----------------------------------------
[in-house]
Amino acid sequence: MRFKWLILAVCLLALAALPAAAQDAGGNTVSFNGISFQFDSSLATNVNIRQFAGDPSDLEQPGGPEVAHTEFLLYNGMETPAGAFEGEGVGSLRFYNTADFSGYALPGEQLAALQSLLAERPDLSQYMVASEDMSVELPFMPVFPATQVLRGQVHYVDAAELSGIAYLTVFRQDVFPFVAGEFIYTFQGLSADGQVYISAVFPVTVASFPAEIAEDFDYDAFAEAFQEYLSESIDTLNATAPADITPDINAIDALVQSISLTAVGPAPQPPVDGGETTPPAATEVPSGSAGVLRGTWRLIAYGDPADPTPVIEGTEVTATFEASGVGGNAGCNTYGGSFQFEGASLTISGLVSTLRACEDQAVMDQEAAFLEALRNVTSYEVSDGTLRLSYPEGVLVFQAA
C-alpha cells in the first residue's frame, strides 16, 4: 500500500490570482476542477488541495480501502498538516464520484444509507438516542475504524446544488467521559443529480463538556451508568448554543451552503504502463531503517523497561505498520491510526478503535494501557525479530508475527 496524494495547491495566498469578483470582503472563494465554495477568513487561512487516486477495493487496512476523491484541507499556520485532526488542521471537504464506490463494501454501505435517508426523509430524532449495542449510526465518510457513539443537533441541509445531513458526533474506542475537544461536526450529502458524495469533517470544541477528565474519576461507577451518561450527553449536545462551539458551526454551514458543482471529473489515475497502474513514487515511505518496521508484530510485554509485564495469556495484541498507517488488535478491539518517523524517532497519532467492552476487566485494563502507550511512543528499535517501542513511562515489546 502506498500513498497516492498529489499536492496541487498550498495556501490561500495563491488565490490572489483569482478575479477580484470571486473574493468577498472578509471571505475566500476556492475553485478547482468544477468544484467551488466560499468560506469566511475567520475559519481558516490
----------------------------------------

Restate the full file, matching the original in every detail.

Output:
[in-house]
Amino acid sequence: MRFKWLILAVCLLALAALPAAAQDAGGNTVSFNGISFQFDSSLATNVNIRQFAGDPSDLEQPGGPEVAHTEFLLYNGMETPAGAFEGEGVGSLRFYNTADFSGYALPGEQLAALQSLLAERPDLSQYMVASEDMSVELPFMPVFPATQVLRGQVHYVDAAELSGIAYLTVFRQDVFPFVAGEFIYTFQGLSADGQVYISAVFPVTVASFPAEIAEDFDYDAFAEAFQEYLSESIDTLNATAPADITPDINAIDALVQSISLTAVGPAPQPPVDGGETTPPAATEVPSGSAGVLRGTWRLIAYGDPADPTPVIEGTEVTATFEASGVGGNAGCNTYGGSFQFEGASLTISGLVSTLRACEDQAVMDQEAAFLEALRNVTSYEVSDGTLRLSYPEGVLVFQAA
C-alpha cells in the first residue's frame, strides 16, 4: 500500500490570482476542477488541495480501502498538516464520484444509507438516542475504524446544488467521559443529480463538556451508568448554543451552503504502463531503517523497561505498520491510526478503535494501557525479530508475527 496524494495547491495566498469578483470582503472563494465554495477568513487561512487516486477495493487496512476523491484541507499556520485532526488542521471537504464506490463494501454501505435517508426523509430524532449495542449510526465518510457513539443537533441541509445531513458526533474506542475537544461536526450529502458524495469533517470544541477528565474519576461507577451518561450527553449536545462551539458551526454551514458543482471529473489515475497502474513514487515511505518496521508484530510485554509485564495469556495484541498507517488488535478491539518517523524517532497519532467492552476487566485494563502507550511512543528499535517501542513511562515489546 502506498500513498497516492498529489499536492496541487498550498495556501490561500495563491488565490490572489483569482478575479477580484470571486473574493468577498472578509471571505475566500476556492475553485478547482468544477468544484467551488466560499468560506469566511475567520475559519481558516490